Having clients or colleagues who are connectors has been helpful to Deb, and to me. “Certain clients are ‘connectors’ who naturally seek to introduce people who may have something in common,” says Deb.
Genevieve has been a connector for me. In one issue of her e-newsletter, I read about some interesting work she was doing and asked about it. Genevieve described the work, and offered to refer me to her client. I wasn’t looking for a referral; I was just curious about the work. And at the time, I was too busy to take on any new clients. I thanked Genevieve and we continued to keep in touch.
When my schedule unexpectedly freed up, I asked Genevieve to refer me to her client. Within a week, I was working for the client too.
That’s the power of referrals.
Ask Clients for Referrals
The best referrals, of course, are when clients just tell other clients about us and those other clients hire us. But you can also ask for referrals—even if it doesn’t feel right.
“For many of us, the first few times we ask for a referral are going to feel stilted and cheap. This is especially true if you are not a natural born promoter. But with practice, it gets way easier,” says Neely.
Asking clients for referrals at the right time and in the right way is crucial. Perfect times to ask for referrals are when:
- You complete a successful project
- A client compliments your work.
Always be polite and professional, never pushy. For most freelancers, email is the easiest way to ask for a referral. Use a subject line like:
“I really enjoyed working with you on XYZ.”
In the body of the email, mention this again, and say that you’d love to hear about similar freelance opportunities with colleagues in their organization or other organizations. Mentioning that “it’s been great to work with you,” says Neely, compliments your client and helps increase the number of referrals you’ll get.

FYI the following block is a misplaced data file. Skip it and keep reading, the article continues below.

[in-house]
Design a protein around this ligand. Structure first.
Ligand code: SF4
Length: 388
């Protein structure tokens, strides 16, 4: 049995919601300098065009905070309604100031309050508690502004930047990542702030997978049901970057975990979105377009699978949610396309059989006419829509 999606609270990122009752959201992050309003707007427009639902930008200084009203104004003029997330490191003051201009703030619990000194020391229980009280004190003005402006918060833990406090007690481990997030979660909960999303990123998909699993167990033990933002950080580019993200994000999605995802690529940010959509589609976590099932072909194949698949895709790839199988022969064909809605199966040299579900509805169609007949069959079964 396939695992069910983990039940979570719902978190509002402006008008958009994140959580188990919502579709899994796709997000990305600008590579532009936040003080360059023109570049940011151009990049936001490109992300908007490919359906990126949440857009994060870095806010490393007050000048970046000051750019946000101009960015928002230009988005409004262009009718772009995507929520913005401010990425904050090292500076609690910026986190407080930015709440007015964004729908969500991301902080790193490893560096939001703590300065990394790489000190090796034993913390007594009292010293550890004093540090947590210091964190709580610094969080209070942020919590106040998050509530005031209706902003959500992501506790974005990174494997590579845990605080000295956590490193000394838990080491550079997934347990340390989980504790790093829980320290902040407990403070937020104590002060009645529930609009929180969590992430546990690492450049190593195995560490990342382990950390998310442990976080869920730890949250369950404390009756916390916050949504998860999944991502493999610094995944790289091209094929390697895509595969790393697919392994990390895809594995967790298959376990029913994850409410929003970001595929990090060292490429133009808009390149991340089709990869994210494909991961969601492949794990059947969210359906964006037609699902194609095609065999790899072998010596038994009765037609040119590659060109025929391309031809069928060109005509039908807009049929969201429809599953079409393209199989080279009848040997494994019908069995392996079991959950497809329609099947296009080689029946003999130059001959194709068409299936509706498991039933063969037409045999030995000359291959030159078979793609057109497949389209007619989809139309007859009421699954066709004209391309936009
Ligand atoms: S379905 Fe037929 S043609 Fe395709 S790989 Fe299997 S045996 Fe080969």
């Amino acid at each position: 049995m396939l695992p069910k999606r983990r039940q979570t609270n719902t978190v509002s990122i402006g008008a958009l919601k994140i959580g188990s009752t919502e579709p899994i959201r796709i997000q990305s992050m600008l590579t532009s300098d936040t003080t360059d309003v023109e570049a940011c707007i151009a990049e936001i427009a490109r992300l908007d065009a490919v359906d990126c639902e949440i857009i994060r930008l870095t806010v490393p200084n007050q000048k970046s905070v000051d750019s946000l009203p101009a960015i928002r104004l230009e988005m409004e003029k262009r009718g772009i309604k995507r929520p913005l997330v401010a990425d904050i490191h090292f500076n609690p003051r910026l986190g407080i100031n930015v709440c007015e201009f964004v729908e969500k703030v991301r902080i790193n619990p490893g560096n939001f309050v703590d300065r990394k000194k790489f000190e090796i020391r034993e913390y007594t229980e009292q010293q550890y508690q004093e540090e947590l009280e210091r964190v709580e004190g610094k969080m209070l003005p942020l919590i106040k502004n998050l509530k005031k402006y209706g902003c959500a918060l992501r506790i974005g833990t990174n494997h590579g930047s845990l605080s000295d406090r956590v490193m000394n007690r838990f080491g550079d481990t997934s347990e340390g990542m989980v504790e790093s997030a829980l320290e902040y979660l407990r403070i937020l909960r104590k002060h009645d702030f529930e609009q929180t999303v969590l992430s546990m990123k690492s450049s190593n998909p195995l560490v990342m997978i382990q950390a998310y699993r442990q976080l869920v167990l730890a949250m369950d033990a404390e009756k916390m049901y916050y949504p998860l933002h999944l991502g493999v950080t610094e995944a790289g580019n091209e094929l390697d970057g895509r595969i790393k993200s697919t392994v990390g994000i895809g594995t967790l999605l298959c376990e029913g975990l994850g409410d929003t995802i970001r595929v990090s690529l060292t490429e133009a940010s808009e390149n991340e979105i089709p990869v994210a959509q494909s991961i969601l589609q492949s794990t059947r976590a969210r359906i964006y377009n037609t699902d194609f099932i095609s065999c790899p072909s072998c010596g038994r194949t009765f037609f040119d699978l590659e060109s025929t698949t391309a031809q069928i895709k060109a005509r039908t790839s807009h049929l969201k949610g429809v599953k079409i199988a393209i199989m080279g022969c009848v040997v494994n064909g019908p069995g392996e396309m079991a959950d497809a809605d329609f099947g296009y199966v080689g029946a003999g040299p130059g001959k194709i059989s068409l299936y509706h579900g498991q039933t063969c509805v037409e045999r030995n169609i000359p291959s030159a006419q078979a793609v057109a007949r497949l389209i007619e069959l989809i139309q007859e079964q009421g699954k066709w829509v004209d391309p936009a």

Network with Colleagues to Boost Word of Mouth
Elizabeth Hanson, a freelance science and medical writer, routinely gets referrals from colleagues—and also gives them referrals. “I have a trusted group of colleagues who are freelancers,” she says. “We all trained in the same science writing program, have known each other for decades, and have confidence in each other’s work. So we routinely pass along each other’s names for projects we can’t take on.”
You don’t need to spend decades building relationships to get referrals from colleagues. But you do need to strategically build your network and focus on helping others.
Giving more than you get most of the time is the key to building strong relationships. When you do this, the people you help want to help you too. Referring freelance work to other freelancers is especially effective.
And when you give other freelancers referrals, you’ll be more comfortable asking for referrals for yourself.
“After you’ve recommended a few of your favorite businesses or professionals to others, asking for a few referrals for yourself seems easier,” says Neely.
Read more about giving more than you get in How Playing Nice Helps Freelancers Succeed.
Referring freelance work to other freelancers doesn’t mean that there will be less work for you. Having an abundance mindset where you believe there’s plenty of freelance pie (clients and projects) to go around will help you succeed. Because there is plenty of freelance work for everyone—and collaboration always beats competition.
Read more in Is There Enough Freelance Pie to Go Around?
Learn More About Word of Mouth